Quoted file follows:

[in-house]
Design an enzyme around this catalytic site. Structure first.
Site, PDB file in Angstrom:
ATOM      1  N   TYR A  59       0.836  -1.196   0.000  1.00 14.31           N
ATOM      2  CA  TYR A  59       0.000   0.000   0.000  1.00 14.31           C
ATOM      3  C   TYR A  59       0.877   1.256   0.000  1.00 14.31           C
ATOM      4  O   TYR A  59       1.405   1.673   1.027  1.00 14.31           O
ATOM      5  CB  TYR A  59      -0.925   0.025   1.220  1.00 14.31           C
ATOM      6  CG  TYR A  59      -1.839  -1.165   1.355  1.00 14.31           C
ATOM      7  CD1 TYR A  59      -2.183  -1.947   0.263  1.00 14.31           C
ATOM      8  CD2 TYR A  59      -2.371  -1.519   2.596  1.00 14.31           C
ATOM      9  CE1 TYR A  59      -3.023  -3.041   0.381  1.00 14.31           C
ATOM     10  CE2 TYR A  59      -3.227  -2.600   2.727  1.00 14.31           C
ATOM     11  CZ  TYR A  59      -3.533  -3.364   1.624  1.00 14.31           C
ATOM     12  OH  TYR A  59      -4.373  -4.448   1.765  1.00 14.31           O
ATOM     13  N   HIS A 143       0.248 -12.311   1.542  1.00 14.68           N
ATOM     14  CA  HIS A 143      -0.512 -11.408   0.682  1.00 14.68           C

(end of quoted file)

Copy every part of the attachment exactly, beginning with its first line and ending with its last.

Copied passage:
[in-house]
Design an enzyme around this catalytic site. Structure first.
Site, PDB file in Angstrom:
ATOM      1  N   TYR A  59       0.836  -1.196   0.000  1.00 14.31           N
ATOM      2  CA  TYR A  59       0.000   0.000   0.000  1.00 14.31           C
ATOM      3  C   TYR A  59       0.877   1.256   0.000  1.00 14.31           C
ATOM      4  O   TYR A  59       1.405   1.673   1.027  1.00 14.31           O
ATOM      5  CB  TYR A  59      -0.925   0.025   1.220  1.00 14.31           C
ATOM      6  CG  TYR A  59      -1.839  -1.165   1.355  1.00 14.31           C
ATOM      7  CD1 TYR A  59      -2.183  -1.947   0.263  1.00 14.31           C
ATOM      8  CD2 TYR A  59      -2.371  -1.519   2.596  1.00 14.31           C
ATOM      9  CE1 TYR A  59      -3.023  -3.041   0.381  1.00 14.31           C
ATOM     10  CE2 TYR A  59      -3.227  -2.600   2.727  1.00 14.31           C
ATOM     11  CZ  TYR A  59      -3.533  -3.364   1.624  1.00 14.31           C
ATOM     12  OH  TYR A  59      -4.373  -4.448   1.765  1.00 14.31           O
ATOM     13  N   HIS A 143       0.248 -12.311   1.542  1.00 14.68           N
ATOM     14  CA  HIS A 143      -0.512 -11.408   0.682  1.00 14.68           C